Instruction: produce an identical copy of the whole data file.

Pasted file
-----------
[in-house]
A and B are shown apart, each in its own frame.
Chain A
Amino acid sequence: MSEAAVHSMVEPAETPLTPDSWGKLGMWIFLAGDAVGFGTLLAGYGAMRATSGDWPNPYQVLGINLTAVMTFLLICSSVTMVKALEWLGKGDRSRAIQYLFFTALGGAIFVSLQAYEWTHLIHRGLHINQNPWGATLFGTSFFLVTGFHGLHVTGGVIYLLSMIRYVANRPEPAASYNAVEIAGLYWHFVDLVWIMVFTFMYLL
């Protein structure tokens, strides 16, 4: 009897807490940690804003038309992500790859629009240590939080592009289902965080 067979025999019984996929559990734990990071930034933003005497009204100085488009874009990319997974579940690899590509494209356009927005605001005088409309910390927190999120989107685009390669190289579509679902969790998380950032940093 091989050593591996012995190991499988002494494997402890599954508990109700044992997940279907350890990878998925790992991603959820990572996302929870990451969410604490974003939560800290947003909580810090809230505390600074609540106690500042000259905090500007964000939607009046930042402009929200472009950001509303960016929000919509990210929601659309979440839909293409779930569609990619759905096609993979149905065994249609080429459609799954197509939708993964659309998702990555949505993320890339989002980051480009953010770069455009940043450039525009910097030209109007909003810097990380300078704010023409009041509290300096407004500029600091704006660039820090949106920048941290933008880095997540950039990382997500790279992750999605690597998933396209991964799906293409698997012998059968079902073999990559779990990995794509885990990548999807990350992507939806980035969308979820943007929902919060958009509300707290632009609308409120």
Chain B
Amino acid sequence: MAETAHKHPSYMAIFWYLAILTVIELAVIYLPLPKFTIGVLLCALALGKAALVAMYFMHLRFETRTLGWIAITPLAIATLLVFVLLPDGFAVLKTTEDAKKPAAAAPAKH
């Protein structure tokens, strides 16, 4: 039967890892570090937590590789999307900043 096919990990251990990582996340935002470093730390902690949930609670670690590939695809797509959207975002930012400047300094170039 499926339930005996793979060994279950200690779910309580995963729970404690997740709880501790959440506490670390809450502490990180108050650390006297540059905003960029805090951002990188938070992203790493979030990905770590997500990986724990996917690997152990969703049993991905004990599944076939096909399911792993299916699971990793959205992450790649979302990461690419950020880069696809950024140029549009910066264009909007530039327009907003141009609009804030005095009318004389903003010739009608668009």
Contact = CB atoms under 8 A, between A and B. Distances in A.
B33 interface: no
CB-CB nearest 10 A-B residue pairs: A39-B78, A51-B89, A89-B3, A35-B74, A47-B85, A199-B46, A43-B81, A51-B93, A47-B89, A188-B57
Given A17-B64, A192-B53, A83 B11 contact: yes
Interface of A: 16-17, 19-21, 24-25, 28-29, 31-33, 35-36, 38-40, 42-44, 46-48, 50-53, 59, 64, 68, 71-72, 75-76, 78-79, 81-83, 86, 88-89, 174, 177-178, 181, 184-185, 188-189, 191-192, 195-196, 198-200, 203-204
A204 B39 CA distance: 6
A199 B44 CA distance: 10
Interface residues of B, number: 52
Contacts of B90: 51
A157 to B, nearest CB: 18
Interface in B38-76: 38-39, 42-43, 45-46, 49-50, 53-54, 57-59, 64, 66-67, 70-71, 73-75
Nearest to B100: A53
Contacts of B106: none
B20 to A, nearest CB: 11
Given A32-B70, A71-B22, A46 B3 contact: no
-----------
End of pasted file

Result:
[in-house]
A and B are shown apart, each in its own frame.
Chain A
Amino acid sequence: MSEAAVHSMVEPAETPLTPDSWGKLGMWIFLAGDAVGFGTLLAGYGAMRATSGDWPNPYQVLGINLTAVMTFLLICSSVTMVKALEWLGKGDRSRAIQYLFFTALGGAIFVSLQAYEWTHLIHRGLHINQNPWGATLFGTSFFLVTGFHGLHVTGGVIYLLSMIRYVANRPEPAASYNAVEIAGLYWHFVDLVWIMVFTFMYLL
């Protein structure tokens, strides 16, 4: 009897807490940690804003038309992500790859629009240590939080592009289902965080 067979025999019984996929559990734990990071930034933003005497009204100085488009874009990319997974579940690899590509494209356009927005605001005088409309910390927190999120989107685009390669190289579509679902969790998380950032940093 091989050593591996012995190991499988002494494997402890599954508990109700044992997940279907350890990878998925790992991603959820990572996302929870990451969410604490974003939560800290947003909580810090809230505390600074609540106690500042000259905090500007964000939607009046930042402009929200472009950001509303960016929000919509990210929601659309979440839909293409779930569609990619759905096609993979149905065994249609080429459609799954197509939708993964659309998702990555949505993320890339989002980051480009953010770069455009940043450039525009910097030209109007909003810097990380300078704010023409009041509290300096407004500029600091704006660039820090949106920048941290933008880095997540950039990382997500790279992750999605690597998933396209991964799906293409698997012998059968079902073999990559779990990995794509885990990548999807990350992507939806980035969308979820943007929902919060958009509300707290632009609308409120």
Chain B
Amino acid sequence: MAETAHKHPSYMAIFWYLAILTVIELAVIYLPLPKFTIGVLLCALALGKAALVAMYFMHLRFETRTLGWIAITPLAIATLLVFVLLPDGFAVLKTTEDAKKPAAAAPAKH
């Protein structure tokens, strides 16, 4: 039967890892570090937590590789999307900043 096919990990251990990582996340935002470093730390902690949930609670670690590939695809797509959207975002930012400047300094170039 499926339930005996793979060994279950200690779910309580995963729970404690997740709880501790959440506490670390809450502490990180108050650390006297540059905003960029805090951002990188938070992203790493979030990905770590997500990986724990996917690997152990969703049993991905004990599944076939096909399911792993299916699971990793959205992450790649979302990461690419950020880069696809950024140029549009910066264009909007530039327009907003141009609009804030005095009318004389903003010739009608668009």
Contact = CB atoms under 8 A, between A and B. Distances in A.
B33 interface: no
CB-CB nearest 10 A-B residue pairs: A39-B78, A51-B89, A89-B3, A35-B74, A47-B85, A199-B46, A43-B81, A51-B93, A47-B89, A188-B57
Given A17-B64, A192-B53, A83 B11 contact: yes
Interface of A: 16-17, 19-21, 24-25, 28-29, 31-33, 35-36, 38-40, 42-44, 46-48, 50-53, 59, 64, 68, 71-72, 75-76, 78-79, 81-83, 86, 88-89, 174, 177-178, 181, 184-185, 188-189, 191-192, 195-196, 198-200, 203-204
A204 B39 CA distance: 6
A199 B44 CA distance: 10
Interface residues of B, number: 52
Contacts of B90: 51
A157 to B, nearest CB: 18
Interface in B38-76: 38-39, 42-43, 45-46, 49-50, 53-54, 57-59, 64, 66-67, 70-71, 73-75
Nearest to B100: A53
Contacts of B106: none
B20 to A, nearest CB: 11
Given A32-B70, A71-B22, A46 B3 contact: no